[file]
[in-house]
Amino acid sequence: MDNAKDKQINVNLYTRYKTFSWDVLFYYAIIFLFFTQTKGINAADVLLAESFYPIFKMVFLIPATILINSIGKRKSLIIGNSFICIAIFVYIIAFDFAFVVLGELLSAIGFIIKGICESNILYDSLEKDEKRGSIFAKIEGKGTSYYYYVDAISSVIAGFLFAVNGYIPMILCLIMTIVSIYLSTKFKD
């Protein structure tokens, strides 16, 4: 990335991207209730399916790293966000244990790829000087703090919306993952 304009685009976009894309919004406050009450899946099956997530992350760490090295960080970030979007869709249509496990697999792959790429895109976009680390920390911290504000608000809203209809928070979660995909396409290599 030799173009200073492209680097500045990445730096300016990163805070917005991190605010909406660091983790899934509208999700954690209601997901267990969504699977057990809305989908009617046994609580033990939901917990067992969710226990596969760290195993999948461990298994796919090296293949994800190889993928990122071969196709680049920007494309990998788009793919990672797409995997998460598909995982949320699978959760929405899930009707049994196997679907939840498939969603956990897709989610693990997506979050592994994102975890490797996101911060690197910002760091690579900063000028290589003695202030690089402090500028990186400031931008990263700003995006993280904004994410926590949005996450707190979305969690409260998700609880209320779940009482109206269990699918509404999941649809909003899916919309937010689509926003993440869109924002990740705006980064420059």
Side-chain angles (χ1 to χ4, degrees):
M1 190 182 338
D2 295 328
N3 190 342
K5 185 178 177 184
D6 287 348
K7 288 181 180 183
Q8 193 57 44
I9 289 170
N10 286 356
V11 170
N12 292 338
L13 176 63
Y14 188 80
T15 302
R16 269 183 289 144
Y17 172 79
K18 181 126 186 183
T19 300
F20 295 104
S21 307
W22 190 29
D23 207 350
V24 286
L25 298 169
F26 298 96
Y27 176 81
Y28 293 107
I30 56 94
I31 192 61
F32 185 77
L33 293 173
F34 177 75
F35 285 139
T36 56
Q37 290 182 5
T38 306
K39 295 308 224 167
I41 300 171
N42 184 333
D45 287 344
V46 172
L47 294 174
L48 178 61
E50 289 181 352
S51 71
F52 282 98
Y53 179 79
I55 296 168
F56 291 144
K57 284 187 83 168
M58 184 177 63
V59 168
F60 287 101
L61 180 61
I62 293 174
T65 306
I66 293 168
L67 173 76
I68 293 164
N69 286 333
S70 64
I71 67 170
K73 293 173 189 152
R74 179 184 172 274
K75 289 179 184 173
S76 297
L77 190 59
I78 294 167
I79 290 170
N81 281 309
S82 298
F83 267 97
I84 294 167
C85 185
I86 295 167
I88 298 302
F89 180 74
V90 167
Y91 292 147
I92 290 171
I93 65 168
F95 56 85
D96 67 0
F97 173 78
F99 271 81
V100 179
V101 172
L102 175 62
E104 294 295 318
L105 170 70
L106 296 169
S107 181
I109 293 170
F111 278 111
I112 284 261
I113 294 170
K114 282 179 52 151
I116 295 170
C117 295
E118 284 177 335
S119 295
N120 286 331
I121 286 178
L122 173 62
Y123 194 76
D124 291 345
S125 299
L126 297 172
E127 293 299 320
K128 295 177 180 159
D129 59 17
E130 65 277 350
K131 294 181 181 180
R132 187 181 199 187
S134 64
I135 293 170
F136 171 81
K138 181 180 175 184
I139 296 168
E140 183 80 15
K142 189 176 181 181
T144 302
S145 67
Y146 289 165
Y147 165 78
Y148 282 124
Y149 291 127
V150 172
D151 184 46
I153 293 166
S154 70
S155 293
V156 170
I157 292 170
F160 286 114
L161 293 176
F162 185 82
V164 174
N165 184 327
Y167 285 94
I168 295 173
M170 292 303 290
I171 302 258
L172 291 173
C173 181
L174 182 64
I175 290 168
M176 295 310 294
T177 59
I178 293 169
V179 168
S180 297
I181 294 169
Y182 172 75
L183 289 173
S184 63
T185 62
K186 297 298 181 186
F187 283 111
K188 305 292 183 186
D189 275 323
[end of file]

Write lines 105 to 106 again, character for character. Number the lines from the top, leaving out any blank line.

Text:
S119 295
N120 286 331